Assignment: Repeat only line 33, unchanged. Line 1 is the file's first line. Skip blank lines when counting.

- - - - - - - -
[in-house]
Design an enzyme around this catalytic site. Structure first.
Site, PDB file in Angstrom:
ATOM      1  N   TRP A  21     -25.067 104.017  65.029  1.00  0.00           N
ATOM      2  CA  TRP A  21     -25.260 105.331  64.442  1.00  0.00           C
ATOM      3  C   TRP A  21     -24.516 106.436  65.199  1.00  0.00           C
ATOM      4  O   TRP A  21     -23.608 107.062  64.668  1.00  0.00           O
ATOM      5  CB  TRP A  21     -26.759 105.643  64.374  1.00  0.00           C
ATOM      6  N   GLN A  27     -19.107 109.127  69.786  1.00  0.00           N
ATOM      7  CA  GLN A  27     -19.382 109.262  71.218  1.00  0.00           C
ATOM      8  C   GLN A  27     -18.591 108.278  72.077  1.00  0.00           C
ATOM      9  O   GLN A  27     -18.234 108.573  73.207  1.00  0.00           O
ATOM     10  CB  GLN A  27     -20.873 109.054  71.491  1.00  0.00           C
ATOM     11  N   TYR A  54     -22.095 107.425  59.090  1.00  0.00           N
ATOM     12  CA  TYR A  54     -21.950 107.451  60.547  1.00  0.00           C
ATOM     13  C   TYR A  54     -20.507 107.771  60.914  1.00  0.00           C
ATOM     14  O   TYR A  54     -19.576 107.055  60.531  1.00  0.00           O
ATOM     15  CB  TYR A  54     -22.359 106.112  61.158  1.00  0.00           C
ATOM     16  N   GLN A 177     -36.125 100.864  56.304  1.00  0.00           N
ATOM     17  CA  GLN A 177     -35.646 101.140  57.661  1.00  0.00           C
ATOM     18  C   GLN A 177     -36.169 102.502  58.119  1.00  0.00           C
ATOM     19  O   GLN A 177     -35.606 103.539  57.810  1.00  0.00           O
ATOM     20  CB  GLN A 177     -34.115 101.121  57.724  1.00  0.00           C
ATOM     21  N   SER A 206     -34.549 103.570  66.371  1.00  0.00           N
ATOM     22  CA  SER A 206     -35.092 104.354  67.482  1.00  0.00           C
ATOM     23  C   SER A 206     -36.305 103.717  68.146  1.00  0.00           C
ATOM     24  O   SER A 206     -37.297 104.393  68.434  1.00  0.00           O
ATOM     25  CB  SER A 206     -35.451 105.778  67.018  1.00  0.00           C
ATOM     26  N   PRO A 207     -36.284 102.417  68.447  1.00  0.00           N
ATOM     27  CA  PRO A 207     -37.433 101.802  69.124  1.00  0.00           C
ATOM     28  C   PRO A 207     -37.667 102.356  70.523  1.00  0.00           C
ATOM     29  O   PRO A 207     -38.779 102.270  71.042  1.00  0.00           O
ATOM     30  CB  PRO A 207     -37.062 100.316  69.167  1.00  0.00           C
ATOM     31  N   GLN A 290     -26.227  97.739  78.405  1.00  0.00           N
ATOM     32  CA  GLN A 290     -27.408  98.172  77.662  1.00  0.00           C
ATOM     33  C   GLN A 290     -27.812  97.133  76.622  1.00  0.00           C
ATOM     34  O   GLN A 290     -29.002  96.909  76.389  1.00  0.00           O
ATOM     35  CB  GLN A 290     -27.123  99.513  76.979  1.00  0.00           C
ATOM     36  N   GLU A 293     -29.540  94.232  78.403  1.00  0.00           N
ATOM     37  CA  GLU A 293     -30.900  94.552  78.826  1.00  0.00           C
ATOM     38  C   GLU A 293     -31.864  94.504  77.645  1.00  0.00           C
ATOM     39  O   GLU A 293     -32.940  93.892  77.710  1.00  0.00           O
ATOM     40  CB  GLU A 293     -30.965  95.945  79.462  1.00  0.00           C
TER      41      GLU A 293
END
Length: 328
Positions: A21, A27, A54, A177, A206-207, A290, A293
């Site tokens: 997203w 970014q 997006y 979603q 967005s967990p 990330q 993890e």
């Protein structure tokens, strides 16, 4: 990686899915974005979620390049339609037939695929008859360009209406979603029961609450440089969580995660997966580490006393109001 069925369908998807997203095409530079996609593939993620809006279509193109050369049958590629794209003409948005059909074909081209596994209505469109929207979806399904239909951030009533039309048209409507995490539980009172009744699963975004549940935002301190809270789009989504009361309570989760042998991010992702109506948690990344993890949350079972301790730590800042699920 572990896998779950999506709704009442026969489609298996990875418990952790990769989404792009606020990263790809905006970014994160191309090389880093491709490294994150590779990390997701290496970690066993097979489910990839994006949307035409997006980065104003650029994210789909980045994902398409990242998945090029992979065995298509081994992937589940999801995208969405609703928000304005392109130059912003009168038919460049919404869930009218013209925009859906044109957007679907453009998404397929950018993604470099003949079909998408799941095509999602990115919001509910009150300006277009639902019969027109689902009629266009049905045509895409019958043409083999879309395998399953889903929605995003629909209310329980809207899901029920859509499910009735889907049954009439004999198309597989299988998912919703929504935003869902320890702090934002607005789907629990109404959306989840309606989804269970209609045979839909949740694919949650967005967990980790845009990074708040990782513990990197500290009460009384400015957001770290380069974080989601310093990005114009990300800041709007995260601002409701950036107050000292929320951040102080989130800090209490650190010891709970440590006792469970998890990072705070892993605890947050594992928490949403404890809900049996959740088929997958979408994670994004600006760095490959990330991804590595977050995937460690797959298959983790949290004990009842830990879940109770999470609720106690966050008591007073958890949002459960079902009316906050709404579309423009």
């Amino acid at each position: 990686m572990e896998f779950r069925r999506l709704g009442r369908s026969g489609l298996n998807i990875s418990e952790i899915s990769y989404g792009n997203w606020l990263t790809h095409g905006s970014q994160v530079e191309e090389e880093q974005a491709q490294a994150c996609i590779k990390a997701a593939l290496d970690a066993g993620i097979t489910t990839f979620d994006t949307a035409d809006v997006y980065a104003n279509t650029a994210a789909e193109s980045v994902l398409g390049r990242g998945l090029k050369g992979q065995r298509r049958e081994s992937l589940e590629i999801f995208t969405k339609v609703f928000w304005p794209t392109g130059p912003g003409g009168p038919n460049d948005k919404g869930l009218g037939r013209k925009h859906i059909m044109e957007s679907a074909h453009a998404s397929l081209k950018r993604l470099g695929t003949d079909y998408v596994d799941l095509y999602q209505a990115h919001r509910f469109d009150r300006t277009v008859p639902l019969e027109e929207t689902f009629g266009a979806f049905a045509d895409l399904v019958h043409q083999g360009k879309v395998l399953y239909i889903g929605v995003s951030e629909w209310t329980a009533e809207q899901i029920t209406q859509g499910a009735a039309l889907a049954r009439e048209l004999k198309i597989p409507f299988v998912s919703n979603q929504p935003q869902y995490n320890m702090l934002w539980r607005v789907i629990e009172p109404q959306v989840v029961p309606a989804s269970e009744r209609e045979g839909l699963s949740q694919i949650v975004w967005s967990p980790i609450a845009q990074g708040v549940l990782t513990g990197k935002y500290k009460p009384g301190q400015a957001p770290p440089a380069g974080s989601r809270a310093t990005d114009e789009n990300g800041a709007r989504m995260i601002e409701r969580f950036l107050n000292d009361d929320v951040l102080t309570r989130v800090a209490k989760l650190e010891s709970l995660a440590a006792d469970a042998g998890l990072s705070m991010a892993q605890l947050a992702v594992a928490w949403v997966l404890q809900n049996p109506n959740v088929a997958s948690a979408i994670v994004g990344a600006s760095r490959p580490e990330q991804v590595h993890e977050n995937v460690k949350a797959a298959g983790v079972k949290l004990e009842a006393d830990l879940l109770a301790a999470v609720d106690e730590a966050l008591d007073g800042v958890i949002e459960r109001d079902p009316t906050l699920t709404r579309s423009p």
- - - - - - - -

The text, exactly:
ATOM     30  CB  PRO A 207     -37.062 100.316  69.167  1.00  0.00           C